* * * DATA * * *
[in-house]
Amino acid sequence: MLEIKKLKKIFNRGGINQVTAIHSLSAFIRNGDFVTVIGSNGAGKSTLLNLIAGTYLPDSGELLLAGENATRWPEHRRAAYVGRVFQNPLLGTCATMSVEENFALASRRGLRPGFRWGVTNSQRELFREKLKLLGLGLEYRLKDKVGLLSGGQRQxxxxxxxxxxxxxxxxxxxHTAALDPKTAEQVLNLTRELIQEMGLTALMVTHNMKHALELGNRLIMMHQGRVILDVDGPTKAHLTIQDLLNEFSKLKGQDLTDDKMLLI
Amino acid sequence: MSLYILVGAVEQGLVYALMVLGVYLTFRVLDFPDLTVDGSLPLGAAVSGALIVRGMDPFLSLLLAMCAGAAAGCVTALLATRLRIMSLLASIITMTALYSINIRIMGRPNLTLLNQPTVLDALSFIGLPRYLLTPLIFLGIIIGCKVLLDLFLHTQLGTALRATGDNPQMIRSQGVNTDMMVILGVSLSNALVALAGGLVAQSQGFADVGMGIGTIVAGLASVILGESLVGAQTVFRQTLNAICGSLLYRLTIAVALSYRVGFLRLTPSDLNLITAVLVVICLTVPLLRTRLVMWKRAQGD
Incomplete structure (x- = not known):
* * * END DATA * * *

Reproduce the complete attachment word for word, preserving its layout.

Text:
[in-house]
Amino acid sequence: MLEIKKLKKIFNRGGINQVTAIHSLSAFIRNGDFVTVIGSNGAGKSTLLNLIAGTYLPDSGELLLAGENATRWPEHRRAAYVGRVFQNPLLGTCATMSVEENFALASRRGLRPGFRWGVTNSQRELFREKLKLLGLGLEYRLKDKVGLLSGGQRQxxxxxxxxxxxxxxxxxxxHTAALDPKTAEQVLNLTRELIQEMGLTALMVTHNMKHALELGNRLIMMHQGRVILDVDGPTKAHLTIQDLLNEFSKLKGQDLTDDKMLLI
Amino acid sequence: MSLYILVGAVEQGLVYALMVLGVYLTFRVLDFPDLTVDGSLPLGAAVSGALIVRGMDPFLSLLLAMCAGAAAGCVTALLATRLRIMSLLASIITMTALYSINIRIMGRPNLTLLNQPTVLDALSFIGLPRYLLTPLIFLGIIIGCKVLLDLFLHTQLGTALRATGDNPQMIRSQGVNTDMMVILGVSLSNALVALAGGLVAQSQGFADVGMGIGTIVAGLASVILGESLVGAQTVFRQTLNAICGSLLYRLTIAVALSYRVGFLRLTPSDLNLITAVLVVICLTVPLLRTRLVMWKRAQGD
Incomplete structure (x- = not known):